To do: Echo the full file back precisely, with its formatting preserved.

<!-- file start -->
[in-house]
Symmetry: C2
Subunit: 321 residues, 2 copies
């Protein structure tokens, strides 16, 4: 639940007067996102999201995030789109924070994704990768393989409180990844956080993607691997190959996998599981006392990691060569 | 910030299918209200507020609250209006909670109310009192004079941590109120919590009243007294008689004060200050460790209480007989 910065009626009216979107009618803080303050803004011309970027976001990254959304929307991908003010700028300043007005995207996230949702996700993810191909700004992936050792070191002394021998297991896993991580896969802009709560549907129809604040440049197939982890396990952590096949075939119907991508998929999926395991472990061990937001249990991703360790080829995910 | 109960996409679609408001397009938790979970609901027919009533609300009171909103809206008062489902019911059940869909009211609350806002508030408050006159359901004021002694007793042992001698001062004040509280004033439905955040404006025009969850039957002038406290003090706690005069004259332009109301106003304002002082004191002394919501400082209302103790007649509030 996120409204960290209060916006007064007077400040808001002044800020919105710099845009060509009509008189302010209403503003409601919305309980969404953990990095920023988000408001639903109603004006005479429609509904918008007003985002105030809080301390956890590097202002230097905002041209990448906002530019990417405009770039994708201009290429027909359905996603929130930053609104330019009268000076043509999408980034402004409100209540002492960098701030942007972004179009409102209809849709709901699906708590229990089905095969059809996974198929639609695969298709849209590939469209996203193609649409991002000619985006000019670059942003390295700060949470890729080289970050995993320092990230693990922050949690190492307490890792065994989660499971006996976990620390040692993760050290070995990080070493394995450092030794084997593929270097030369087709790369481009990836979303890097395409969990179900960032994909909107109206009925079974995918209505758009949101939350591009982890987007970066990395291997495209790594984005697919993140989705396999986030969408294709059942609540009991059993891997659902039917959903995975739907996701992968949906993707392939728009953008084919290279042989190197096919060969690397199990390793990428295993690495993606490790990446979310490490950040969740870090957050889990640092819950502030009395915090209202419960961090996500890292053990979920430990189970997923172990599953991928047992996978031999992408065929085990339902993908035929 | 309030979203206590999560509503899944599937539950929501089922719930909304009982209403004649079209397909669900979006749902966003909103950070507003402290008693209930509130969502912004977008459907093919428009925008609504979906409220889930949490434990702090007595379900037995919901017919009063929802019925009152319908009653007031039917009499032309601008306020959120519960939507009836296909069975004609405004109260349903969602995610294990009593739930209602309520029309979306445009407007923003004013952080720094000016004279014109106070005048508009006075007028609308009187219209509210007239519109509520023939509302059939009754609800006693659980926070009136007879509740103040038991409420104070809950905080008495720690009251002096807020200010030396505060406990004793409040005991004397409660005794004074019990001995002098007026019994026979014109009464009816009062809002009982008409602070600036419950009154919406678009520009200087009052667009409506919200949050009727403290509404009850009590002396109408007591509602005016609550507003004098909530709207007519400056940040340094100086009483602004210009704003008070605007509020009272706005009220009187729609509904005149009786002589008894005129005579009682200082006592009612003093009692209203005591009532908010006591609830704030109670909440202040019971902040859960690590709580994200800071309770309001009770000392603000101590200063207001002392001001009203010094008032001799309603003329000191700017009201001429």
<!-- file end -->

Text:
[in-house]
Symmetry: C2
Subunit: 321 residues, 2 copies
């Protein structure tokens, strides 16, 4: 639940007067996102999201995030789109924070994704990768393989409180990844956080993607691997190959996998599981006392990691060569 | 910030299918209200507020609250209006909670109310009192004079941590109120919590009243007294008689004060200050460790209480007989 910065009626009216979107009618803080303050803004011309970027976001990254959304929307991908003010700028300043007005995207996230949702996700993810191909700004992936050792070191002394021998297991896993991580896969802009709560549907129809604040440049197939982890396990952590096949075939119907991508998929999926395991472990061990937001249990991703360790080829995910 | 109960996409679609408001397009938790979970609901027919009533609300009171909103809206008062489902019911059940869909009211609350806002508030408050006159359901004021002694007793042992001698001062004040509280004033439905955040404006025009969850039957002038406290003090706690005069004259332009109301106003304002002082004191002394919501400082209302103790007649509030 996120409204960290209060916006007064007077400040808001002044800020919105710099845009060509009509008189302010209403503003409601919305309980969404953990990095920023988000408001639903109603004006005479429609509904918008007003985002105030809080301390956890590097202002230097905002041209990448906002530019990417405009770039994708201009290429027909359905996603929130930053609104330019009268000076043509999408980034402004409100209540002492960098701030942007972004179009409102209809849709709901699906708590229990089905095969059809996974198929639609695969298709849209590939469209996203193609649409991002000619985006000019670059942003390295700060949470890729080289970050995993320092990230693990922050949690190492307490890792065994989660499971006996976990620390040692993760050290070995990080070493394995450092030794084997593929270097030369087709790369481009990836979303890097395409969990179900960032994909909107109206009925079974995918209505758009949101939350591009982890987007970066990395291997495209790594984005697919993140989705396999986030969408294709059942609540009991059993891997659902039917959903995975739907996701992968949906993707392939728009953008084919290279042989190197096919060969690397199990390793990428295993690495993606490790990446979310490490950040969740870090957050889990640092819950502030009395915090209202419960961090996500890292053990979920430990189970997923172990599953991928047992996978031999992408065929085990339902993908035929 | 309030979203206590999560509503899944599937539950929501089922719930909304009982209403004649079209397909669900979006749902966003909103950070507003402290008693209930509130969502912004977008459907093919428009925008609504979906409220889930949490434990702090007595379900037995919901017919009063929802019925009152319908009653007031039917009499032309601008306020959120519960939507009836296909069975004609405004109260349903969602995610294990009593739930209602309520029309979306445009407007923003004013952080720094000016004279014109106070005048508009006075007028609308009187219209509210007239519109509520023939509302059939009754609800006693659980926070009136007879509740103040038991409420104070809950905080008495720690009251002096807020200010030396505060406990004793409040005991004397409660005794004074019990001995002098007026019994026979014109009464009816009062809002009982008409602070600036419950009154919406678009520009200087009052667009409506919200949050009727403290509404009850009590002396109408007591509602005016609550507003004098909530709207007519400056940040340094100086009483602004210009704003008070605007509020009272706005009220009187729609509904005149009786002589008894005129005579009682200082006592009612003093009692209203005591009532908010006591609830704030109670909440202040019971902040859960690590709580994200800071309770309001009770000392603000101590200063207001002392001001009203010094008032001799309603003329000191700017009201001429």